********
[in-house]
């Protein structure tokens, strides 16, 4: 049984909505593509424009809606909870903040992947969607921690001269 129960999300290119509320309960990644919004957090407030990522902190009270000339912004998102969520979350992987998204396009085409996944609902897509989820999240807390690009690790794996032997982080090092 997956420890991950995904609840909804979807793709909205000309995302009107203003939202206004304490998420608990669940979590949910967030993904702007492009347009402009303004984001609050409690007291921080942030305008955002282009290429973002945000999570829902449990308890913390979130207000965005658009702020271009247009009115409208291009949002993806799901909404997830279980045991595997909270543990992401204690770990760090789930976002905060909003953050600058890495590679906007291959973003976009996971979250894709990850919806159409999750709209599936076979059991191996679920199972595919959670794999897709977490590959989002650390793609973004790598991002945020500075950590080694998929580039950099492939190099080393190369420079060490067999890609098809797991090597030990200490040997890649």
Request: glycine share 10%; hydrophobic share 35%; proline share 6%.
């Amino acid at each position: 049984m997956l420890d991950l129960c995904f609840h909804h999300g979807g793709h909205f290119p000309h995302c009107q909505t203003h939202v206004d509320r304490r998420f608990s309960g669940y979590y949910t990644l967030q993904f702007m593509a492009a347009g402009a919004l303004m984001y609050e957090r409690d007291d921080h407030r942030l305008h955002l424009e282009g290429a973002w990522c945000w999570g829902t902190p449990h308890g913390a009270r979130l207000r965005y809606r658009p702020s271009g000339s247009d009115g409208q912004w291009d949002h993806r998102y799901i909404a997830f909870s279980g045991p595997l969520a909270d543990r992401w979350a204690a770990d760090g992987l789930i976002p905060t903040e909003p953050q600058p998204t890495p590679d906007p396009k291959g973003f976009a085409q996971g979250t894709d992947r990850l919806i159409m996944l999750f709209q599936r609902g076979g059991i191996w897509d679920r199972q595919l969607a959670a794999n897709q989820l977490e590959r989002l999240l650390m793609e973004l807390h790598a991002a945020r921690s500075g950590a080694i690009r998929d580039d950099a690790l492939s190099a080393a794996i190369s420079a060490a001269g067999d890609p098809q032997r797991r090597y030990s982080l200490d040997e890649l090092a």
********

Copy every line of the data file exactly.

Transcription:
[in-house]
């Protein structure tokens, strides 16, 4: 049984909505593509424009809606909870903040992947969607921690001269 129960999300290119509320309960990644919004957090407030990522902190009270000339912004998102969520979350992987998204396009085409996944609902897509989820999240807390690009690790794996032997982080090092 997956420890991950995904609840909804979807793709909205000309995302009107203003939202206004304490998420608990669940979590949910967030993904702007492009347009402009303004984001609050409690007291921080942030305008955002282009290429973002945000999570829902449990308890913390979130207000965005658009702020271009247009009115409208291009949002993806799901909404997830279980045991595997909270543990992401204690770990760090789930976002905060909003953050600058890495590679906007291959973003976009996971979250894709990850919806159409999750709209599936076979059991191996679920199972595919959670794999897709977490590959989002650390793609973004790598991002945020500075950590080694998929580039950099492939190099080393190369420079060490067999890609098809797991090597030990200490040997890649």
Request: glycine share 10%; hydrophobic share 35%; proline share 6%.
């Amino acid at each position: 049984m997956l420890d991950l129960c995904f609840h909804h999300g979807g793709h909205f290119p000309h995302c009107q909505t203003h939202v206004d509320r304490r998420f608990s309960g669940y979590y949910t990644l967030q993904f702007m593509a492009a347009g402009a919004l303004m984001y609050e957090r409690d007291d921080h407030r942030l305008h955002l424009e282009g290429a973002w990522c945000w999570g829902t902190p449990h308890g913390a009270r979130l207000r965005y809606r658009p702020s271009g000339s247009d009115g409208q912004w291009d949002h993806r998102y799901i909404a997830f909870s279980g045991p595997l969520a909270d543990r992401w979350a204690a770990d760090g992987l789930i976002p905060t903040e909003p953050q600058p998204t890495p590679d906007p396009k291959g973003f976009a085409q996971g979250t894709d992947r990850l919806i159409m996944l999750f709209q599936r609902g076979g059991i191996w897509d679920r199972q595919l969607a959670a794999n897709q989820l977490e590959r989002l999240l650390m793609e973004l807390h790598a991002a945020r921690s500075g950590a080694i690009r998929d580039d950099a690790l492939s190099a080393a794996i190369s420079a060490a001269g067999d890609p098809q032997r797991r090597y030990s982080l200490d040997e890649l090092a």